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Research Handbook of Comparative Criminal Justice

9781839106378 Edward Elgar Publishing
Edited by David Nelken, Professor of Comparative and Transnational Law, The Dickson Poon School of Law, King's College London, UK and Claire Hamilton, Professor of Criminology and Head of Criminology, School of Law and Criminology, Maynooth University, Ireland
Publication Date: September 2022 ISBN: 978 1 83910 637 8 Extent: 410 pp
With contributions from leading experts in the field, this timely Research Handbook reconsiders the theories, assumptions, values and methods of comparative criminal justice in light of the challenges and opportunities posed by globalisation, deglobalisation and transnationalisation.

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Critical Acclaim
Contributors
Contents
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With contributions from leading experts in the field, this timely Research Handbook reconsiders the theories, assumptions, values and methods of comparative criminal justice in light of the challenges and opportunities posed by globalisation, deglobalisation and transnationalisation.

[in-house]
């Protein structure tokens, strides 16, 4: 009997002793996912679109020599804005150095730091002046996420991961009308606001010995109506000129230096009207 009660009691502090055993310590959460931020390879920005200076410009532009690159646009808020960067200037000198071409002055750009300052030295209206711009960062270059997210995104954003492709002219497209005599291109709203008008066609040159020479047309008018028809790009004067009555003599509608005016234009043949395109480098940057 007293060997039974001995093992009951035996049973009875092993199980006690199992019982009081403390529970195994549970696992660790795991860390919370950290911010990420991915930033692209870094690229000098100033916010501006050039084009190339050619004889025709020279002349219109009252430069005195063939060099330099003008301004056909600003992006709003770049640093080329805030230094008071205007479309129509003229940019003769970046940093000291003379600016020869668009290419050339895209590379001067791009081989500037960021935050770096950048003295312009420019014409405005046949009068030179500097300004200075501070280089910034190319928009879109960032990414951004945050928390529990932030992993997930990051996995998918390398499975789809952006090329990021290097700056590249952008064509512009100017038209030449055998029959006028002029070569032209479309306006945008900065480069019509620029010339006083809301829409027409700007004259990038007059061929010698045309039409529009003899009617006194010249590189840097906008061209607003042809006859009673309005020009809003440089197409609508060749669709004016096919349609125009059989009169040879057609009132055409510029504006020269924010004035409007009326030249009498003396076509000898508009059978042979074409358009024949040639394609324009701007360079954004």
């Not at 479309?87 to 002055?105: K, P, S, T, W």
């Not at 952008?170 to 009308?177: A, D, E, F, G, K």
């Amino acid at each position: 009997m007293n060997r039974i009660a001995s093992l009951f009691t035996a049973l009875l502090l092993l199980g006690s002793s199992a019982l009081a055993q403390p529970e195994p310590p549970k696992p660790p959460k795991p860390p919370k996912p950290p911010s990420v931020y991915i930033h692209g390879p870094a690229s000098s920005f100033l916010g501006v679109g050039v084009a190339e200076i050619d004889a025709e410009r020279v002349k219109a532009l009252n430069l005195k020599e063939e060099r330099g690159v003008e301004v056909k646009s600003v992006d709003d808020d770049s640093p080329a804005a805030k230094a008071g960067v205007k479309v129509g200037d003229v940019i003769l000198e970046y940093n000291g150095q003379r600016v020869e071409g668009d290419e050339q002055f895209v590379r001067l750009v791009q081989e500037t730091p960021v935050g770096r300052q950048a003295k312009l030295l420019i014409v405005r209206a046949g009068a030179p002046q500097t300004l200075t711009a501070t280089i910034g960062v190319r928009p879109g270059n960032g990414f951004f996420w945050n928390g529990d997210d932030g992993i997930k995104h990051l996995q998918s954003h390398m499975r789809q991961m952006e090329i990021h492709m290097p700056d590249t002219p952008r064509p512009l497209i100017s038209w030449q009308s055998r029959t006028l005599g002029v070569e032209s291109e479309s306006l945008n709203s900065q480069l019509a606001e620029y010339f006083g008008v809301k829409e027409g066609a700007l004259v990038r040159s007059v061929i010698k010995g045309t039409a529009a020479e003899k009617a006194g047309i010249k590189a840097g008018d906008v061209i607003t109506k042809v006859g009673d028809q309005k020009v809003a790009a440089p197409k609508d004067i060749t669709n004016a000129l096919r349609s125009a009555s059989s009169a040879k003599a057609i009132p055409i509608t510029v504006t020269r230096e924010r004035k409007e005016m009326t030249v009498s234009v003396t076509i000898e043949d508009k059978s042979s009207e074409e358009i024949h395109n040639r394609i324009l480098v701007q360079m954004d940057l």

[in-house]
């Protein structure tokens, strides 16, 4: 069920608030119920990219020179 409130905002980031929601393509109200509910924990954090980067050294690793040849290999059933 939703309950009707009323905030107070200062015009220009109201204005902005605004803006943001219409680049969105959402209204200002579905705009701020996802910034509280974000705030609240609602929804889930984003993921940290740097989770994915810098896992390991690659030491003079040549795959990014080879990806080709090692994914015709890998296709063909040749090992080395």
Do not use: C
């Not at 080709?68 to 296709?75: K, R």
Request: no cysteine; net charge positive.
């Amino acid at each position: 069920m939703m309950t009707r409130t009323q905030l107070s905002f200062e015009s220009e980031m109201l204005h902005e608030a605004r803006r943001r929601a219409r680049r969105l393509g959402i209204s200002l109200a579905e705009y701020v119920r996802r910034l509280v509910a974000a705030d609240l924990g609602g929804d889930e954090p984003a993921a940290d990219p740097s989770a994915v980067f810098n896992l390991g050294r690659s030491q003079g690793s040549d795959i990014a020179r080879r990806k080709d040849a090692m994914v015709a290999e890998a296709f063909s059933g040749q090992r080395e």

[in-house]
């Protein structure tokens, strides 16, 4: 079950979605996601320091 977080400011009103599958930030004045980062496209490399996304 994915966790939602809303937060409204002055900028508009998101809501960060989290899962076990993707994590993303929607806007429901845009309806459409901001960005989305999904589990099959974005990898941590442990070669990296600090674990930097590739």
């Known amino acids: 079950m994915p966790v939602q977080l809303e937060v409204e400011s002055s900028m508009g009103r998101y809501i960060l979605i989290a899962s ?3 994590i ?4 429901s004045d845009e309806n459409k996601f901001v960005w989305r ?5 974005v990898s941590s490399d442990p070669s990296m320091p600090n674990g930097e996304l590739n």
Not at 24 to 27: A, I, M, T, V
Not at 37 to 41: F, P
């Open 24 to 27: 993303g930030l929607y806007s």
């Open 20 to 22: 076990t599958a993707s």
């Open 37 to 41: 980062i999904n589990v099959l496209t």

Chapters address the traditional objects of inquiry of the criminal justice system – policing, prosecution and prisons – while also offering reflections on surveillance, the rise of risk within justice and algorithmic justice. They discuss transnational crimes and misbehaviours, such as breaches of human rights, environmental degradation and irregular migration, and examine interactions and flows between the national and the international on issues such as the death penalty, terrorism and juvenile justice. The Research Handbook also analyses crimes and behaviours associated with the ‘dark side’ of globalisation, providing a critical discussion of proposed remedies for the problems posed by globalisation.

Probing the connections between globalisation and criminal policy, this innovative Research Handbook will be an ideal read for scholars and students of comparative criminal justice or comparative criminology. Academics in cognate disciplines such as law, sociology, politics and anthropology will also benefit from this resource.
Critical Acclaim
‘This book is a gem. The editors’ introduction not only provides context for the contributors’ essays; it also provides a sophisticated epistemologically rich investigation into the various understandings of what it means to undertake comparative analysis. And the other contributors do much more than bring us up to date in various fields. They also create new fields, propose to redefine traditional fields, ask new questions, point to new directions, and draw on unexpected and informative material to buttress their claims. The new student, the advanced graduate student, and the established research scholar will all find it to their advantage to consult this volume frequently. A must for every scholarly library.’
– M.M. Feeley, University of California at Berkeley, US